Summer seems to be ‘a coming in’ to judge from the first half results for the current year; not so much proving that crime and misdeeds pay, but rather that they can be paid for with further provisioning while still producing a rise in profits.
I turn to my previous note on Barclays (BARC), sent out on the 12 May last, when the shares were 260p. I delight in seeing that I had them marked down as a not uncertain buy now that they have reached 285p some ten weeks later; a small but useful capital gain of 9.6% in less than three months; far more than you would have got putting money into a Barclays Bank deposit account. I might add that the bank shares are reviewed positively in the forthcoming ‘Limpopo Dispatches’ contribution to the next issue of the Master Investor Magazine.
Statutory profits before tax, in the six months to 30 June, are reported as £3,114 million. However, that includes non core businesses that are not to be continued as part of the slimming down of the bank’s risk weighted assets portfolio. To conserve capital the aforementioned portfolio was shrunk from the £75 billion last December to £57 billion by June; a reduction so my calculator informs me, of 24% in six months; pretty impressive! One wonders why Mr. Jenkins had to go, on the reported ground of not reducing costs enough. It may be perhaps that in the great tradition of investment banking, a traditional deposit taking banker lost out to the traditional investment banking wing of the company. Perhaps he was thought of as too Quakerish in his management style?
Anyway, that aside, the risk weighted common tier one capital ratio rose from 10.3% last December to 11.1% in June. It shows how much has to be accomplished to get even that kind of improvement in the capital ratios. The gearing ratio also rose from a decidedly looking sub-par 3.7% last December to a less modest 4.1% in June. To some schools of capital adequacy thought, that is still not generous, though others will argue it is.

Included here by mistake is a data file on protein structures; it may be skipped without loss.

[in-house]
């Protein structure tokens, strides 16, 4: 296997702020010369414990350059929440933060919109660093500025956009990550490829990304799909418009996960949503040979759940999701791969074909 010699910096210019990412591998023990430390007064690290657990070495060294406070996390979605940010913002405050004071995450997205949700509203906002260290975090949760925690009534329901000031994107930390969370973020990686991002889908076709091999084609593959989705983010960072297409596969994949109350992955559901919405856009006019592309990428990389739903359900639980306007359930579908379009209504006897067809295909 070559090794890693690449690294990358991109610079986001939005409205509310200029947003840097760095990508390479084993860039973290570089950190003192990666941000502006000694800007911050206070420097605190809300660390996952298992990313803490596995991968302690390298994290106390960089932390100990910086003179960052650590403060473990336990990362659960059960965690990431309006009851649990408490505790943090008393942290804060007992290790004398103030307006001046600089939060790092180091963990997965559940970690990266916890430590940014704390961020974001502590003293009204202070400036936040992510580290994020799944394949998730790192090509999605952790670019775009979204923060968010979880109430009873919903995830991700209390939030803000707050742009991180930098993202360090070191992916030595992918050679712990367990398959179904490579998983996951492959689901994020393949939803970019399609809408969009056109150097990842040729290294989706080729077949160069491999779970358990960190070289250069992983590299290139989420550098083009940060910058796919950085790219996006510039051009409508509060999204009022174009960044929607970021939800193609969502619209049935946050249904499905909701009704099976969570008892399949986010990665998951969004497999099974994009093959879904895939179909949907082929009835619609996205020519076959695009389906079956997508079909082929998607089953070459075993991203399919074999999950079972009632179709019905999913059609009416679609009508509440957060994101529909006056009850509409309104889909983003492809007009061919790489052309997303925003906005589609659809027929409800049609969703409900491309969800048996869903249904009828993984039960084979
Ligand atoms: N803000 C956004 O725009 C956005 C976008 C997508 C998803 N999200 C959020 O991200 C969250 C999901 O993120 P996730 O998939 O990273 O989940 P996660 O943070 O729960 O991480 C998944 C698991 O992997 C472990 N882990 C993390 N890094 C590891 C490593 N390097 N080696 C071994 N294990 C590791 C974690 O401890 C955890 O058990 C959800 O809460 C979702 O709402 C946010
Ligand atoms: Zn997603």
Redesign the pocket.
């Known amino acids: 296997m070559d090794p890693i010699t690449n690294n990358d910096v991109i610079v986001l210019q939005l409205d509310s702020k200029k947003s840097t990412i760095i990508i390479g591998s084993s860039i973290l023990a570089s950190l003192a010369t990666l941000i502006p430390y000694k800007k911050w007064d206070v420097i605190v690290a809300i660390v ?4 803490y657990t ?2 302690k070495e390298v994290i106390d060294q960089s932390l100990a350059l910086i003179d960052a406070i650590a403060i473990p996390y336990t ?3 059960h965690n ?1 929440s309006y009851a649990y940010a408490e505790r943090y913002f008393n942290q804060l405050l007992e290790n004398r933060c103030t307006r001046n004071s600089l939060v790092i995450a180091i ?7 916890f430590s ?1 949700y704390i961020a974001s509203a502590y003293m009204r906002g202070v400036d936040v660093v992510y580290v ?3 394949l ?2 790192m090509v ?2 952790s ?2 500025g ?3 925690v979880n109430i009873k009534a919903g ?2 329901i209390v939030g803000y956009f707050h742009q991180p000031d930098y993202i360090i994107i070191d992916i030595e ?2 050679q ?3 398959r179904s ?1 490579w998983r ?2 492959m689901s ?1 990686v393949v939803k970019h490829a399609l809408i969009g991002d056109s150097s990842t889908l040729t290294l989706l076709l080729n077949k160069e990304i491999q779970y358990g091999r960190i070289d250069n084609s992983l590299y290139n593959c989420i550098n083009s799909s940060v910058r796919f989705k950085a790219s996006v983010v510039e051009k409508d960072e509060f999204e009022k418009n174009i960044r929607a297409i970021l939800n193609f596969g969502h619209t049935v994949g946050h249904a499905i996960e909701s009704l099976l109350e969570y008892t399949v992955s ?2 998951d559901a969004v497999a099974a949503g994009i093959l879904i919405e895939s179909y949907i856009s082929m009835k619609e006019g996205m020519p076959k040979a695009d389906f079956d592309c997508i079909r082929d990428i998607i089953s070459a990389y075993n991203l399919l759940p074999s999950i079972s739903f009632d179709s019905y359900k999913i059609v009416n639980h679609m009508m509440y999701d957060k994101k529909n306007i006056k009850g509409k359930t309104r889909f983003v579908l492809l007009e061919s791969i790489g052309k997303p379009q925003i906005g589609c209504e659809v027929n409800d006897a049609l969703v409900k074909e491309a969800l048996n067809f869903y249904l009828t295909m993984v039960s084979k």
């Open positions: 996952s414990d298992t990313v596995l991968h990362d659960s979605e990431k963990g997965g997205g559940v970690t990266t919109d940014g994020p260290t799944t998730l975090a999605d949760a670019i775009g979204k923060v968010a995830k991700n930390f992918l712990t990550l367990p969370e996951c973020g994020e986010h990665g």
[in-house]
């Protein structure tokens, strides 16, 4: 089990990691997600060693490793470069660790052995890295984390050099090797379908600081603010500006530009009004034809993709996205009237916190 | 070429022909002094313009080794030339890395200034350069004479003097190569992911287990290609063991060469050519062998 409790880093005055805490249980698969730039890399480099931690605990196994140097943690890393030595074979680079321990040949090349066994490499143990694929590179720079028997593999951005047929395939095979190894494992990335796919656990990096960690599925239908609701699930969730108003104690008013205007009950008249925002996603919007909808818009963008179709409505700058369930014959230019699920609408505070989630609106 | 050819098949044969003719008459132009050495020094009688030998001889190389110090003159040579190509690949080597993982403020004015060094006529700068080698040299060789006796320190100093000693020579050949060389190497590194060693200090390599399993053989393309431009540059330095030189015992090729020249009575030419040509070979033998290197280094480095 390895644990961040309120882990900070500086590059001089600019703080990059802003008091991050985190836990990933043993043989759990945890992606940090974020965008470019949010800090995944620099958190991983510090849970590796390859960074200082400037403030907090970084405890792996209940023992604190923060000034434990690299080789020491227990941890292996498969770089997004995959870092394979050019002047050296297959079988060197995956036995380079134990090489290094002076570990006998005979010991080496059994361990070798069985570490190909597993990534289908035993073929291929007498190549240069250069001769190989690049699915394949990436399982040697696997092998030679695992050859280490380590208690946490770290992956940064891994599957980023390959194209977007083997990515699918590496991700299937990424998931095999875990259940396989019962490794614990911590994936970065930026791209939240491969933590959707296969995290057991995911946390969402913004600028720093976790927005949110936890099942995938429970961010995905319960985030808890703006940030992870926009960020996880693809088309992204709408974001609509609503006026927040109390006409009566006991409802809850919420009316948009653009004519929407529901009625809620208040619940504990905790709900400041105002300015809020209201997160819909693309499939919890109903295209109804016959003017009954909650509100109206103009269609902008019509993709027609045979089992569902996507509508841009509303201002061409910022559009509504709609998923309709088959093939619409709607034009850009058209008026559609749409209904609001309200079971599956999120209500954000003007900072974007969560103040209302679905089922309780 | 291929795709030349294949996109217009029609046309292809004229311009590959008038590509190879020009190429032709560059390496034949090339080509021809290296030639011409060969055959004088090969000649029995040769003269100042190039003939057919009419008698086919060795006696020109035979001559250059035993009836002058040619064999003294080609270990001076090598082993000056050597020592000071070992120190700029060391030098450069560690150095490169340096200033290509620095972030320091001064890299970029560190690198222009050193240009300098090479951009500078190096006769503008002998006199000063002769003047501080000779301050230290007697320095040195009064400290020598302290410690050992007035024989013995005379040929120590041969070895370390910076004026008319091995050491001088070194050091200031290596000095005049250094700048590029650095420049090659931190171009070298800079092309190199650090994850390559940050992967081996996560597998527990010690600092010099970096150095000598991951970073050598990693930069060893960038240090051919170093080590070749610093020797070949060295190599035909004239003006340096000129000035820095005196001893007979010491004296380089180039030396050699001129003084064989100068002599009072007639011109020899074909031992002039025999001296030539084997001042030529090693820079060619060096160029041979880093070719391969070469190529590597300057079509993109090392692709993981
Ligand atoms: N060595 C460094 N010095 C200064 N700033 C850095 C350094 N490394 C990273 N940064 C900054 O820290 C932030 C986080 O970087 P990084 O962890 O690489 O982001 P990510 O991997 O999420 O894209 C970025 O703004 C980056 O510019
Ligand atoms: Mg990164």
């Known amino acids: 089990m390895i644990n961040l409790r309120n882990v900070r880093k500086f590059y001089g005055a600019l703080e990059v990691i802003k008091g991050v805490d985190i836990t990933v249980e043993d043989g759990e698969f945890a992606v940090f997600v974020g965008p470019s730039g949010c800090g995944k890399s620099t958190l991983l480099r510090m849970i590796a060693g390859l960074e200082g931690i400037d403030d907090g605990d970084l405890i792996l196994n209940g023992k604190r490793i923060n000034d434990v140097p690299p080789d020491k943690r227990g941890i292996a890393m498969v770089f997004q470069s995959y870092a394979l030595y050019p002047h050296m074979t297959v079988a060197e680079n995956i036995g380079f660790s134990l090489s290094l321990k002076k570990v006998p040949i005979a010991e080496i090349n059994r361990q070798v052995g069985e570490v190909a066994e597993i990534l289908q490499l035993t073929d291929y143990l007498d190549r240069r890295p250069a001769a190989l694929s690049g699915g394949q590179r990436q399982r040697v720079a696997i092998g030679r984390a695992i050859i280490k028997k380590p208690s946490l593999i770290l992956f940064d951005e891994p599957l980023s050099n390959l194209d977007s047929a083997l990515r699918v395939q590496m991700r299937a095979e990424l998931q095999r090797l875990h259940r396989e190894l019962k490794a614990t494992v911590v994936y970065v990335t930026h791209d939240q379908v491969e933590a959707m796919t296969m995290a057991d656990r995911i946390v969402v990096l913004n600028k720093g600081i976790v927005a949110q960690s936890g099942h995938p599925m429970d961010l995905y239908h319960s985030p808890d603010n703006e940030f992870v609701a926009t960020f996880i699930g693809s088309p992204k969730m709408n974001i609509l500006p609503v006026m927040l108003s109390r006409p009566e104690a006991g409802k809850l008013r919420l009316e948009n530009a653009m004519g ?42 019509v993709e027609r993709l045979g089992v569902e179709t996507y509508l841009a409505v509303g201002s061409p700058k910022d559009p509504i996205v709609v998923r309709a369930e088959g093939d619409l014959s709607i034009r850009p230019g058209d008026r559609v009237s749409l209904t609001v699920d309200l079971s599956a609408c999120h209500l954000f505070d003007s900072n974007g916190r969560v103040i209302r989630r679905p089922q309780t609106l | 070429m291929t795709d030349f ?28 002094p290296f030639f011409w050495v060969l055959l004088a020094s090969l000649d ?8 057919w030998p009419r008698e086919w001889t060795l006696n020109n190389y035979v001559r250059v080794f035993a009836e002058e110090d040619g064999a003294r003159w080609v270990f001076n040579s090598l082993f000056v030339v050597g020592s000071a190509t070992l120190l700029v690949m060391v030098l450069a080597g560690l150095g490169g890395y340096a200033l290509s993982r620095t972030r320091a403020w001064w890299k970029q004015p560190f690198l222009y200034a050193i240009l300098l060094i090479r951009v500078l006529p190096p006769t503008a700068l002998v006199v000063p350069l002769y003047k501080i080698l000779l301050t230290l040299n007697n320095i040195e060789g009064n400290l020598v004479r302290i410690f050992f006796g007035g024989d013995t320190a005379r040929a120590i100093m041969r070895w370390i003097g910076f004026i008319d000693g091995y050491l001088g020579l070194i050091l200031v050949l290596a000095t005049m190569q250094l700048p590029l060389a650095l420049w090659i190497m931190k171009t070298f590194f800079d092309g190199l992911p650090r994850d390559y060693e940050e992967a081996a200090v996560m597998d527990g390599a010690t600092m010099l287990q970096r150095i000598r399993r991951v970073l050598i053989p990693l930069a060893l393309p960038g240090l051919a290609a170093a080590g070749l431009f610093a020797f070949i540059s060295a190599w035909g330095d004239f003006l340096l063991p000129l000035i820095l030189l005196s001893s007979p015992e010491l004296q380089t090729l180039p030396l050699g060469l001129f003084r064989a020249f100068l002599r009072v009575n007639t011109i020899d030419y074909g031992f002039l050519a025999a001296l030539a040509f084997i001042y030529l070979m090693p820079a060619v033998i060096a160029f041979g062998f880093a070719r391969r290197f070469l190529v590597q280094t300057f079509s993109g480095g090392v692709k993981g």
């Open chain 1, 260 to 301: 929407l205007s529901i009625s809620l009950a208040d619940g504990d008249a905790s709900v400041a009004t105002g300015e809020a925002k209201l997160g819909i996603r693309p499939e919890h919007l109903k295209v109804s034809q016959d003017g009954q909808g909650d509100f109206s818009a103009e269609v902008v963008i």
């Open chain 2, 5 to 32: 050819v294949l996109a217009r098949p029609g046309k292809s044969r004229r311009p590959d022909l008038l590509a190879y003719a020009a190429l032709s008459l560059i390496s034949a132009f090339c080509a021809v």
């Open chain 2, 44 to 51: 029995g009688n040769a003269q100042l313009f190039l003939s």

In that connection, it is also to be observed that although the bank’s net tangible asset per share figure is down to 279p, it has only reduced by 6p since last December when it was reported as being 285p. The full book value of attributable assets is reported as being 328p versus 335p. In the interim statement, the bank’s management say that the reduction in the book value of net tangible assets was in part due to increasing the dividend payout. Although NTAV now below the share price of 285p (last seen) it is still pretty close to it. To be precise, the share price of 285p is at a premium of 2.1% to the net tangible asset position. But it remains at a 13% discount to the full balance sheet book value of 328p.
It is encouraging that the bank has at the same time reported a settlement and provisioning of – as Barclays puts it with great gentility – the settlement of certain legacy litigation and conduct costs; in short and to be blunt, those foreign exchange misdoings. That is reported to be a £1.6 billion. This time around, there were additional provisions of around £800 million against nothing extra in the first half of last year. Elsewhere, we are given a total provisioning of £2 billion for on-going litigation and litigation liabilities, a number which seems to tally with other numbers given.
So, on an adjusted basis, pre tax profit was up 11% compared with up 25% on a statutory basis of accounting. Net attributable profit was up 22% in contrast to being up 43% on a statutory basis.
The chairman and CEO states that Barclays has a good portfolio of businesses but that there is a need to “accelerate” the execution of the agreed strategy, stating that more can be done to deliver better returns faster. That sounds good stuff for shareholders. Basically, that means getting returns on equity to above the cost of equity. We were also told that the board has a mind to keep this year’s annual dividend at 6.5p giving at a share price of 285p (last seen) an indicated annual dividend of 2.3%.
The share price appears to have upward momentum and I continue to mark Barclays shares as a buy on the book value of its assets and the promise of further rapid improvement in shareholder value.